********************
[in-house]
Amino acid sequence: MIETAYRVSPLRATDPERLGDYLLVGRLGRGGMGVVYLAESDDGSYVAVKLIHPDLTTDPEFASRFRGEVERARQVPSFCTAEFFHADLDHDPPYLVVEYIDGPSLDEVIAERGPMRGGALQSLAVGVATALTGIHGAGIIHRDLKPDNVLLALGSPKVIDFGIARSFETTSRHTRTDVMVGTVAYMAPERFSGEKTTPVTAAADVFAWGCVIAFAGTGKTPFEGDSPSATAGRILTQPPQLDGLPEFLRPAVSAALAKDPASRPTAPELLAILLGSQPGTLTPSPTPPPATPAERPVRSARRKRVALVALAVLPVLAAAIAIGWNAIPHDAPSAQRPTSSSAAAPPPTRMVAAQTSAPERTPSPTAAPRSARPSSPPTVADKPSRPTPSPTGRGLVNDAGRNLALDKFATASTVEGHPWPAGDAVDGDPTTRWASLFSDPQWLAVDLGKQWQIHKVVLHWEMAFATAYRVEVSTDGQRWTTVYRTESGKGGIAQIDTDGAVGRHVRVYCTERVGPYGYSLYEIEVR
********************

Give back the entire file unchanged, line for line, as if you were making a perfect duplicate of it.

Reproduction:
[in-house]
Amino acid sequence: MIETAYRVSPLRATDPERLGDYLLVGRLGRGGMGVVYLAESDDGSYVAVKLIHPDLTTDPEFASRFRGEVERARQVPSFCTAEFFHADLDHDPPYLVVEYIDGPSLDEVIAERGPMRGGALQSLAVGVATALTGIHGAGIIHRDLKPDNVLLALGSPKVIDFGIARSFETTSRHTRTDVMVGTVAYMAPERFSGEKTTPVTAAADVFAWGCVIAFAGTGKTPFEGDSPSATAGRILTQPPQLDGLPEFLRPAVSAALAKDPASRPTAPELLAILLGSQPGTLTPSPTPPPATPAERPVRSARRKRVALVALAVLPVLAAAIAIGWNAIPHDAPSAQRPTSSSAAAPPPTRMVAAQTSAPERTPSPTAAPRSARPSSPPTVADKPSRPTPSPTGRGLVNDAGRNLALDKFATASTVEGHPWPAGDAVDGDPTTRWASLFSDPQWLAVDLGKQWQIHKVVLHWEMAFATAYRVEVSTDGQRWTTVYRTESGKGGIAQIDTDGAVGRHVRVYCTERVGPYGYSLYEIEVR